Rating:

Reviewed by Colleen Turner

Having recently read two others books that touched on Lucrezia de Medici and her Medici brethren, I was extremely excited to jump into His Last Duchess. Unlike The Second Duchess (see our review), which painted Lucrezia as a wanton, rather callous woman, and Murder of a Medici Princess (see our review), which barely mentioned her as more than a tool in her family’s quest for further power and notoriety, His Last Duchess paints her as a sweet young woman who was married off to a man hungry to control her at any cost.

When the novel opens we find Lucrezia at sixteen years old, spending her days in games and play with her much beloved cousin, Giovanni. She is loved and sheltered by her powerful yet kind parents at their country home in Tuscany. Despite her mother’s apprehension that she is too young and naïve for marriage, she is nevertheless betrothed to Alfonso de Este, Duke of Ferrara, in hopes of calming the enmity between the Medici and Este houses. Lucrezia is excited for this new adventure and the opportunity to break free from her parent’s shadow and grow. Her childish illusions of what marriage would bring in Ferrara are dashed, however, when she finds Alfonso to be cold, distant and frightening. With only a former kitchen girl turned waiting woman, Catalina, for companionship, she finds herself just as confined in her new life as Duchess of Ferrara as she was as a child in Tuscany.

As their marriage progresses Alfonso finds that he is unable to consummate the marriage. He sees her as his beautiful possession but something keeps him from fully possessing her as he wants so badly to do. As he has no problems continuing his aggressive, brutish affair with his whore, Francesca, he assumes the problem lies with Lucrezia. He adamantly believes she is causing this and laughing with everyone she tells. When he learns that the Pope means to repossess his lands upon his death if he does not produce a legitimate heir, his belief that Lucrezia is setting out to destroy him intensifies.

As Lucrezia becomes more comfortable in her own skin and finds the love she does not get from her husband in the arms of Jacomo, the assistant to the famed painter Fra Pandolf who has been commissioned to paint not only a groundbreaking fresco but Lucrezia’s portrait, Alfonso spirals further into madness. He feels every smile she bestows on the lowliest servant is a direct affront to the Este name and is her way of mocking his inability to keep his lands safe with an heir. When the noise in his head become too loud to ignore, he is convinced the only way to solve the problem is to murder her.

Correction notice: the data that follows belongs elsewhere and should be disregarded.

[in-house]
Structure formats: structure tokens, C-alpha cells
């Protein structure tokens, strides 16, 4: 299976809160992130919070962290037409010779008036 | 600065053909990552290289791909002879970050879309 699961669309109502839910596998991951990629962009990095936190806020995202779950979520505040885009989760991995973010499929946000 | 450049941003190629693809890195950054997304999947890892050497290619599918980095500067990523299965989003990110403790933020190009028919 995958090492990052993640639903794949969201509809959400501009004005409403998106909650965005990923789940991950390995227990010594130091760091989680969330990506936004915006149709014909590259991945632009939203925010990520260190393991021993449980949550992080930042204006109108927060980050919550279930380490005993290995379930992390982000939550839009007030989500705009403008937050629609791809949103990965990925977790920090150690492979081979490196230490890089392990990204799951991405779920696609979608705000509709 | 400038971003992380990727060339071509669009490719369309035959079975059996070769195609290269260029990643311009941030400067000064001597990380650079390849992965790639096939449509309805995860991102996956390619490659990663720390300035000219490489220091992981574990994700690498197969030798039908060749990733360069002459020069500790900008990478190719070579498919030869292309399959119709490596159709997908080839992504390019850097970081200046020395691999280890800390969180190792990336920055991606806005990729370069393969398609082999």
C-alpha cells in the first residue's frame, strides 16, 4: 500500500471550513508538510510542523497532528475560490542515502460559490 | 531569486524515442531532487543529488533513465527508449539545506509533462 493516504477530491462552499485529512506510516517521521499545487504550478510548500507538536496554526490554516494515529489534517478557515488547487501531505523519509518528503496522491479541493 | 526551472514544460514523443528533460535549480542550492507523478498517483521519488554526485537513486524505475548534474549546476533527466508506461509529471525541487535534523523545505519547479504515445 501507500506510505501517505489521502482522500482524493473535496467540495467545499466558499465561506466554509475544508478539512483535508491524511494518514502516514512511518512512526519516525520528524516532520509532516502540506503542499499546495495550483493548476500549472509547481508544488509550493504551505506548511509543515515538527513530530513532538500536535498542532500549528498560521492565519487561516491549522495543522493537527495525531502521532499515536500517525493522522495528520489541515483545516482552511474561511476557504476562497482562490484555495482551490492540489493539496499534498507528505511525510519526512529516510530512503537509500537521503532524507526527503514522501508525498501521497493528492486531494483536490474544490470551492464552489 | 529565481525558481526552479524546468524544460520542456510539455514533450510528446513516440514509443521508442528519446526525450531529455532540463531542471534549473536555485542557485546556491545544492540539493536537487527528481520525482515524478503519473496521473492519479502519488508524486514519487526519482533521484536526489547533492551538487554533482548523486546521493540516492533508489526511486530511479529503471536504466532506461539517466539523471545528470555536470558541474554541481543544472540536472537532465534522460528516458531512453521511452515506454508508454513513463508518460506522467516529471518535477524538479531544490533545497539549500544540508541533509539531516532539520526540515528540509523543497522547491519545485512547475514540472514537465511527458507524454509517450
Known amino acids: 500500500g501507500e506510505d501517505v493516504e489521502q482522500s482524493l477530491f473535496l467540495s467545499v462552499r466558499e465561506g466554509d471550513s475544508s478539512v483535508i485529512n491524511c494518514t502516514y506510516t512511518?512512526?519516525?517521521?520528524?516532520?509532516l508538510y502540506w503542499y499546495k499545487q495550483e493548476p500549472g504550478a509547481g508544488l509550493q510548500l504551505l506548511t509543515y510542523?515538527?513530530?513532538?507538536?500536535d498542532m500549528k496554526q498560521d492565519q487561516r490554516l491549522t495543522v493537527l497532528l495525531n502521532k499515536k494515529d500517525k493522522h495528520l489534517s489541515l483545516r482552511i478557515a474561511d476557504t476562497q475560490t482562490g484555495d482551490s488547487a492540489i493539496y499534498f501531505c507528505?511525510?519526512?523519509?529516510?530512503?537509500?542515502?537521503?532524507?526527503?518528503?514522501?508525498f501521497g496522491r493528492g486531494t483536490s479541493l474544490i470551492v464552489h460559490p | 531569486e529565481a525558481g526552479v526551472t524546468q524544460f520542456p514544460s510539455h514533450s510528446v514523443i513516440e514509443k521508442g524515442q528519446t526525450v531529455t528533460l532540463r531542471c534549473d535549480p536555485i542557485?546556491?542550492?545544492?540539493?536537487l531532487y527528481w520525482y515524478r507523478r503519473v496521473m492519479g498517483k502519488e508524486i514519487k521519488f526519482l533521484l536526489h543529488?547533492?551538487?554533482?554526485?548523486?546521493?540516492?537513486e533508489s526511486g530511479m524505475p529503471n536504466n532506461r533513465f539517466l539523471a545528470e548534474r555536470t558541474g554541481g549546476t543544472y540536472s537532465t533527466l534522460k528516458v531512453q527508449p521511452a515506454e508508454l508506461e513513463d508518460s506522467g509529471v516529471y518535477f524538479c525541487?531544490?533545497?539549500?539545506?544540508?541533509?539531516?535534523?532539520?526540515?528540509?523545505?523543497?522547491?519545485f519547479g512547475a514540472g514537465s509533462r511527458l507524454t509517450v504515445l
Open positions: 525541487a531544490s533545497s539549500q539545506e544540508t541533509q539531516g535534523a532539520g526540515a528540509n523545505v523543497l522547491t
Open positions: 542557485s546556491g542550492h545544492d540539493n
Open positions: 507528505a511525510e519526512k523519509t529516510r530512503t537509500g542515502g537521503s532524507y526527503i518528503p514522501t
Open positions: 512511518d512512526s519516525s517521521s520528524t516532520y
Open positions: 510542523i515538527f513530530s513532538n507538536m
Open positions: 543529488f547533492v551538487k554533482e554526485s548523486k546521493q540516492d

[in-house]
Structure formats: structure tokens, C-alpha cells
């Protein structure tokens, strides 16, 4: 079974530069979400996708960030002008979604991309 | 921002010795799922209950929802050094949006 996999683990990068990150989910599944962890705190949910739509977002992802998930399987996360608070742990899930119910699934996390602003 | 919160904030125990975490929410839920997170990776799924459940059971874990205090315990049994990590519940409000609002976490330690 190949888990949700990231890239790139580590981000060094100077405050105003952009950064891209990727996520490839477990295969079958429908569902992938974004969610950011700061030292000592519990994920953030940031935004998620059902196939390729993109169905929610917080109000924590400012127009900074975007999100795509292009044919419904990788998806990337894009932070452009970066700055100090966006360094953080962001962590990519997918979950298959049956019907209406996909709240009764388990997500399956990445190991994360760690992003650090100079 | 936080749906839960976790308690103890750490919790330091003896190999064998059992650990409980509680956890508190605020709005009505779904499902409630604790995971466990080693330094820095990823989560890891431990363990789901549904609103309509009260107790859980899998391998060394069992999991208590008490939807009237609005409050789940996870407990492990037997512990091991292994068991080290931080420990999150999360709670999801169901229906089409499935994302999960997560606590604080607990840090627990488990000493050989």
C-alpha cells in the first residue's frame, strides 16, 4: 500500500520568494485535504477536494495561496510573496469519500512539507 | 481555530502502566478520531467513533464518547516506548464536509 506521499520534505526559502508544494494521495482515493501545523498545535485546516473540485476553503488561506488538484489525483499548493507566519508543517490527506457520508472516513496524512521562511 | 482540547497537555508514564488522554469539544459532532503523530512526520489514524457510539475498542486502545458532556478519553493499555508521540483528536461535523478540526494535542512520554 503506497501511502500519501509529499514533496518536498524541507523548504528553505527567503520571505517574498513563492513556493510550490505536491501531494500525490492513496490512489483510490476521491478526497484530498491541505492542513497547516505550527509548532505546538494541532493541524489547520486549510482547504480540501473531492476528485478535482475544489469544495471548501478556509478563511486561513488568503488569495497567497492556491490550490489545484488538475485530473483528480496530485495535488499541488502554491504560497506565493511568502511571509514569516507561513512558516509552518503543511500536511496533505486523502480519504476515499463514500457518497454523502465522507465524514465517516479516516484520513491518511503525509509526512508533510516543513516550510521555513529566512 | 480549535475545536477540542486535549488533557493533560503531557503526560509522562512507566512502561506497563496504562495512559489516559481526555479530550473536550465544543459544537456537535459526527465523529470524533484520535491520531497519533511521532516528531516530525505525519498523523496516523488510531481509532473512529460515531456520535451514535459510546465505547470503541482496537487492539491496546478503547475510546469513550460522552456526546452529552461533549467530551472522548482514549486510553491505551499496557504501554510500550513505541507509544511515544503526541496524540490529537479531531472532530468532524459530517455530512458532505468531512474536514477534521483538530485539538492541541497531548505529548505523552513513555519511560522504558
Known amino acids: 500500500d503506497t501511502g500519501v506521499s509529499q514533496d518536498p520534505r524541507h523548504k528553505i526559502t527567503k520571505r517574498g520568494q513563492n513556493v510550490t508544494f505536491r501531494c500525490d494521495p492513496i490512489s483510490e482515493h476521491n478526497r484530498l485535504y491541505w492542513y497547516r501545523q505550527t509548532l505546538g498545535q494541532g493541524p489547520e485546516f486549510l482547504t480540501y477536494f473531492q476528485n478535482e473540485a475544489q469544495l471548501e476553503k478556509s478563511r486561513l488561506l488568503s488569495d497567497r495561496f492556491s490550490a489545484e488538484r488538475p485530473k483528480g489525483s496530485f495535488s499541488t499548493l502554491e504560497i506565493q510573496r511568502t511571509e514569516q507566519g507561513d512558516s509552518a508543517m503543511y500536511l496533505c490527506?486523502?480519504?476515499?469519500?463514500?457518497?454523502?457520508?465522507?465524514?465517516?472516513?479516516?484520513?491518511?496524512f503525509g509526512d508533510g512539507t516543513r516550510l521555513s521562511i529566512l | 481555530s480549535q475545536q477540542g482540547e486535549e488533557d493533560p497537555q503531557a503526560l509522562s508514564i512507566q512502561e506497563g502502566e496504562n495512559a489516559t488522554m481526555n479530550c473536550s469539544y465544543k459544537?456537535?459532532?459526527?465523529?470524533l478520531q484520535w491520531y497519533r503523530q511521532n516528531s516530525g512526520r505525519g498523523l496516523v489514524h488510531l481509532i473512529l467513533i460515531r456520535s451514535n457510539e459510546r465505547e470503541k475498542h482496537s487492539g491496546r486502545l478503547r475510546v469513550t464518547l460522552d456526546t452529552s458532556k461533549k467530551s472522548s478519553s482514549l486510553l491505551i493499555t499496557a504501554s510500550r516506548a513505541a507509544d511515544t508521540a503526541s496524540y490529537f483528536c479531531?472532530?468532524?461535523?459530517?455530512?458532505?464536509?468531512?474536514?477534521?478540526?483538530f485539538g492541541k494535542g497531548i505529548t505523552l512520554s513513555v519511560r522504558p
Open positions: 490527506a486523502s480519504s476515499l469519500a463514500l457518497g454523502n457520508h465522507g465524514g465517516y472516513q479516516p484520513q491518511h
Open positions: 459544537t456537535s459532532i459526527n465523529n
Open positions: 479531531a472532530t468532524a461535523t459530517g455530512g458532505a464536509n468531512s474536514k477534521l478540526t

When he enlists Francesca’s assistance in procuring the poison he needs, Francesca realizes he has finally lost all sanity. She seeks the help of Giovanni, Catalina, Jacomo and others who have come to love this sad little duchess to somehow save the girl from this madness. How will they be able to find a way to not only save her from immediate demise, but keep her safe from Alfonso’s powerful reach?

Gabrielle Kimm does a stellar job of keeping the tension and suspense mounting until the very end. Kimm does note that she veers from history quite a bit to keep the storyline flowing appropriately and does in fact do so. If you are able to look at His Last Duchess as a fictional story taking place in history instead of as a history lesson, than this is a must-read. If you are a stickler for historical fact in your storytelling than you might find yourself frustrated by the detours. I, personally, cannot wait to see what Gabrielle Kimm has next to offer.

Rating: 4.5/5

Colleen lives in Tampa, Florida with her husband, son and pet fish. When not working or taking care of her family she has her nose stuck in a book (and, let’s face it, often when she is working or taking care of her family as well). Nothing excites her more than discovering a new author to obsess over or a hidden jewel of a book to worship.

Review copy was provided free of any obligation by Sourcebooks Landmark. No monetary or any other form of compensation was received.